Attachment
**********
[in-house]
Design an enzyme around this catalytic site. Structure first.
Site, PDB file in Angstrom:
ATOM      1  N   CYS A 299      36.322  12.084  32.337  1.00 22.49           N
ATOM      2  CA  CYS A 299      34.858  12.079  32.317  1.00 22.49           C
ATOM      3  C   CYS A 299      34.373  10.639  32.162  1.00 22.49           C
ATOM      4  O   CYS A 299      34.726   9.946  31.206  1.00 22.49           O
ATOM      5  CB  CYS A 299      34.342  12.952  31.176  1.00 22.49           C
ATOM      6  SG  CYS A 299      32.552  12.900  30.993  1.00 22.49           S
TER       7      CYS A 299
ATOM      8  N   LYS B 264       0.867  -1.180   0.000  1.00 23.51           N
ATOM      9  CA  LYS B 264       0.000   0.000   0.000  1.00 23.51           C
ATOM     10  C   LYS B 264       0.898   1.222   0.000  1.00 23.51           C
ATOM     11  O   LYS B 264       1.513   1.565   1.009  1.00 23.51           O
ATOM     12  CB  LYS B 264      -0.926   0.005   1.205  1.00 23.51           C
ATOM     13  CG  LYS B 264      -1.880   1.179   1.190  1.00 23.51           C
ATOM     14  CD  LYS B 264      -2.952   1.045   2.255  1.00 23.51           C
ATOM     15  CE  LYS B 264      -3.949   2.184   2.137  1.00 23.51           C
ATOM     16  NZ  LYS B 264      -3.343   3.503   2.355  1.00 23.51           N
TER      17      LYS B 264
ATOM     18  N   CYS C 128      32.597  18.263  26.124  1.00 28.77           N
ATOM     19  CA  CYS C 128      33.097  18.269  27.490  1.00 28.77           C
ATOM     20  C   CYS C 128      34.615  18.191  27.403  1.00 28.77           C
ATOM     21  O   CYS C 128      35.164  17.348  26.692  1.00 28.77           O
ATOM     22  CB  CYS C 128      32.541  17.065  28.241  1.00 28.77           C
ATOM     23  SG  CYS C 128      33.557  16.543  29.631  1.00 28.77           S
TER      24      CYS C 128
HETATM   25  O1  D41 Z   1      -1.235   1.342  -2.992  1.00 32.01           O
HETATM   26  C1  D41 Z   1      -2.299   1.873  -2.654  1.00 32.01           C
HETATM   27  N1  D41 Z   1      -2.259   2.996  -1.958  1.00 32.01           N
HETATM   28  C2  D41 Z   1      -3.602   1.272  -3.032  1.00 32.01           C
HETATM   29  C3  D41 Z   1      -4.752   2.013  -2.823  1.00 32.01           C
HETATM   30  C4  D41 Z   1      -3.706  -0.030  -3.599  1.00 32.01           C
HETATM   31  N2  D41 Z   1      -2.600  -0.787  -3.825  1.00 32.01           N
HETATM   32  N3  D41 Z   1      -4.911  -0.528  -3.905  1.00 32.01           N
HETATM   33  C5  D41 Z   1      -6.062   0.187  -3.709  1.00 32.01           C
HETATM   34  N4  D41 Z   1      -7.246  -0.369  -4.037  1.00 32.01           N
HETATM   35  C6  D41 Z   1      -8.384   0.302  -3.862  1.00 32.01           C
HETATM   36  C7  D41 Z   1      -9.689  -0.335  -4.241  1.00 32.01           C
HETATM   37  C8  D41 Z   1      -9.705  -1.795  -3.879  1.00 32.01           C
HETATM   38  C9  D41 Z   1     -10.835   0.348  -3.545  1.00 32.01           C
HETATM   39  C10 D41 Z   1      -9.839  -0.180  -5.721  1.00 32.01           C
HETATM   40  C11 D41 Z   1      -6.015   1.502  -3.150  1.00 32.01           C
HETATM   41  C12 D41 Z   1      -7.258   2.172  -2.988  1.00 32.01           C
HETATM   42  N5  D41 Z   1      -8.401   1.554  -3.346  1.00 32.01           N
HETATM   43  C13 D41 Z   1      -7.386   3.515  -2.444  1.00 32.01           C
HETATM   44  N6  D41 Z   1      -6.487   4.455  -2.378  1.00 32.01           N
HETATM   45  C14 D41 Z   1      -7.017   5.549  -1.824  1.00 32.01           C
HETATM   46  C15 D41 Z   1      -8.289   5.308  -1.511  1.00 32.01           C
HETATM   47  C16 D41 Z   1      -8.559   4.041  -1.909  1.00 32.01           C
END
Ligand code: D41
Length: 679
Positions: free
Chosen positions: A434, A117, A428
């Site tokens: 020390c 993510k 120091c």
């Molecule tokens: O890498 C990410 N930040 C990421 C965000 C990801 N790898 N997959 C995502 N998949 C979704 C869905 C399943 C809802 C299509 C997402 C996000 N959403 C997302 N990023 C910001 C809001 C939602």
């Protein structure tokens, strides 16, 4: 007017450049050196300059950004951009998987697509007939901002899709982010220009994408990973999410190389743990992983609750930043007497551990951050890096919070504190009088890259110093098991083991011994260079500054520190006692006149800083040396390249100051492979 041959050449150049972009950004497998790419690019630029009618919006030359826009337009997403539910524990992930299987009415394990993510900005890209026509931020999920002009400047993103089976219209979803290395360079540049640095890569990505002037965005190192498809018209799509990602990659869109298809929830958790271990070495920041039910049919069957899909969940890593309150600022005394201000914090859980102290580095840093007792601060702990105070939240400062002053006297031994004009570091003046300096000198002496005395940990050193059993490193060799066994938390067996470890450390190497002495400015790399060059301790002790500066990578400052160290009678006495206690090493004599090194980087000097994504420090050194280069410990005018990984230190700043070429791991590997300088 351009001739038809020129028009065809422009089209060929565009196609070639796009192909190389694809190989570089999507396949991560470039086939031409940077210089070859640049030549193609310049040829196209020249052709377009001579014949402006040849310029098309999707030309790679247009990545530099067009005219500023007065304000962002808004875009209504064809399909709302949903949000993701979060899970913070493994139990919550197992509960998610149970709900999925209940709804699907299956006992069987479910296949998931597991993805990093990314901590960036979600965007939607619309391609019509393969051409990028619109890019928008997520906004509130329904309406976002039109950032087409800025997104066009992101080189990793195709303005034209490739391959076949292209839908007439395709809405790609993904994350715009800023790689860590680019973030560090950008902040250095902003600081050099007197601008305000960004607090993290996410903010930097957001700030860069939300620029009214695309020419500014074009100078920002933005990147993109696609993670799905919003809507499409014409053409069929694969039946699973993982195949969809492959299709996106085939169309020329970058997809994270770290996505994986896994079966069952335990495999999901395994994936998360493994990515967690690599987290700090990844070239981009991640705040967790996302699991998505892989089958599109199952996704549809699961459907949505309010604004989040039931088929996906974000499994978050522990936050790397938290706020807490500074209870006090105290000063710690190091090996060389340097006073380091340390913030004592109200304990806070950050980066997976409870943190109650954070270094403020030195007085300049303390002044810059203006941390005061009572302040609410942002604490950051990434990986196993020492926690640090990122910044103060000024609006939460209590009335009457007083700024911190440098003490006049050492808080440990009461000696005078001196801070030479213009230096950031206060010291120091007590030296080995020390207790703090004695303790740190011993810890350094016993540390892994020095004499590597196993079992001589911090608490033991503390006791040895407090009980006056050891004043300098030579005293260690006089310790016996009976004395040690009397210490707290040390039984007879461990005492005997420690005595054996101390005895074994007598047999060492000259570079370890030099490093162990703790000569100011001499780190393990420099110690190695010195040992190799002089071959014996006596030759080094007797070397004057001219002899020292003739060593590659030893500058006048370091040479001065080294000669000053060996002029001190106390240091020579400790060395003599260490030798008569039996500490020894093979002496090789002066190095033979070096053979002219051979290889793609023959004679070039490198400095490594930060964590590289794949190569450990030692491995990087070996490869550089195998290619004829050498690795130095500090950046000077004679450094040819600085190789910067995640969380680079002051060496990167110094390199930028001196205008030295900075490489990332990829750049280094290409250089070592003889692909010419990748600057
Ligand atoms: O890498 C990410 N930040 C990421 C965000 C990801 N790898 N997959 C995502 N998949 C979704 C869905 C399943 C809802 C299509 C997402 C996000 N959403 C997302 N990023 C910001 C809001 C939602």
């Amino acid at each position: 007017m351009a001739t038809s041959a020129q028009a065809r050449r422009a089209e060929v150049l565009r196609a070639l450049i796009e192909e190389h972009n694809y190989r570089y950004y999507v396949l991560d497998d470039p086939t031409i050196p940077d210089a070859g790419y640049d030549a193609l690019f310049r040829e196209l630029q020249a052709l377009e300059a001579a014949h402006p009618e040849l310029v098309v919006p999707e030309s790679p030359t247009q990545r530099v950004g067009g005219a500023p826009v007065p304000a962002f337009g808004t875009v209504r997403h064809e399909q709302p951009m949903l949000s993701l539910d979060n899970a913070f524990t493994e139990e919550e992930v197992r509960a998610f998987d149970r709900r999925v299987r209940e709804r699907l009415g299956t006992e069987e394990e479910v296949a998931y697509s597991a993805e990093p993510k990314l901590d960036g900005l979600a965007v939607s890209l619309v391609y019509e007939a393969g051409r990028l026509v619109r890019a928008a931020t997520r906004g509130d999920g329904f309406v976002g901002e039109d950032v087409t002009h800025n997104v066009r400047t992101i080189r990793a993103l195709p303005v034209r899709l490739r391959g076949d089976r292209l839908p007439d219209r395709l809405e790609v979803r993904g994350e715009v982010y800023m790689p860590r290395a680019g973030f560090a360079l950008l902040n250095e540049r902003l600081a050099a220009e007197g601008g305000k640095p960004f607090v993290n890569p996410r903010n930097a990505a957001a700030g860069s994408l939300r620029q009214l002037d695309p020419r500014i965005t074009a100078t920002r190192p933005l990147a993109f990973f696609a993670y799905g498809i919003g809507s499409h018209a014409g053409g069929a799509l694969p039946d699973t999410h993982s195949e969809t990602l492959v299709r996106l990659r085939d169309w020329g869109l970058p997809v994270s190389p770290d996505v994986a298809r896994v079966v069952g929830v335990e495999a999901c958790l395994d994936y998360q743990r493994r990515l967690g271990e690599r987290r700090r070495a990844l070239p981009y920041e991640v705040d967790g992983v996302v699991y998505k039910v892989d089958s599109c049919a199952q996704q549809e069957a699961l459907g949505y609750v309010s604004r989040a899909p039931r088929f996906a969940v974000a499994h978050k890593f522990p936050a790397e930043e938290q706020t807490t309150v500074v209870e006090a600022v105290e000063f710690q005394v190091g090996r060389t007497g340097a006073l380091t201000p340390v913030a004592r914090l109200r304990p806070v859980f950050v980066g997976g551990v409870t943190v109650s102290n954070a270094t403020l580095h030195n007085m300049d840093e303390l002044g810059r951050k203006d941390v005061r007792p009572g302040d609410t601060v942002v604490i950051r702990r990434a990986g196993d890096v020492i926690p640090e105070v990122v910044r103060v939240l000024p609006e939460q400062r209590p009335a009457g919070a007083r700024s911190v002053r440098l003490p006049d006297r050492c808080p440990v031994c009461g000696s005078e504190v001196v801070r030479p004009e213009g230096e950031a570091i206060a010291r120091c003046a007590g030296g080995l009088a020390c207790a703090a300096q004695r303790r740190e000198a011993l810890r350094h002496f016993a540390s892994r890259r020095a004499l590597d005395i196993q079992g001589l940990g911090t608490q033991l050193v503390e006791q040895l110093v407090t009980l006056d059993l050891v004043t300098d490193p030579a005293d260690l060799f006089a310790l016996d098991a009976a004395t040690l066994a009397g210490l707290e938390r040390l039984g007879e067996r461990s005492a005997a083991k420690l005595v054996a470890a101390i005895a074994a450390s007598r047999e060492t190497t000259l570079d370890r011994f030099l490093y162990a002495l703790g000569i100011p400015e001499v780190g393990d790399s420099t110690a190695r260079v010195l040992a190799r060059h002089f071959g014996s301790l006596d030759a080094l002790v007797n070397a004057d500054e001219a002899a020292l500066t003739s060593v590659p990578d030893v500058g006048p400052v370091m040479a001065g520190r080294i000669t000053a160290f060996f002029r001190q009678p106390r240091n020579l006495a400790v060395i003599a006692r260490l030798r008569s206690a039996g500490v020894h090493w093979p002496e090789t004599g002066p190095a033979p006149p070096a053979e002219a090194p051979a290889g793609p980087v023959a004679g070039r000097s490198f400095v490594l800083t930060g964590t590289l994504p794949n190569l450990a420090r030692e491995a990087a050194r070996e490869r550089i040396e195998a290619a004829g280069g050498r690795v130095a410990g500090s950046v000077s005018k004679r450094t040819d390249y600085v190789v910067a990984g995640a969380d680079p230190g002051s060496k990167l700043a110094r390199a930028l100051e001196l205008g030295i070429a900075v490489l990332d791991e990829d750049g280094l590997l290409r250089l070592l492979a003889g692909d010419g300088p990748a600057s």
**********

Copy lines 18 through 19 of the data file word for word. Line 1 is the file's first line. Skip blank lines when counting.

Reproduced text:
ATOM     15  CE  LYS B 264      -3.949   2.184   2.137  1.00 23.51           C
ATOM     16  NZ  LYS B 264      -3.343   3.503   2.355  1.00 23.51           N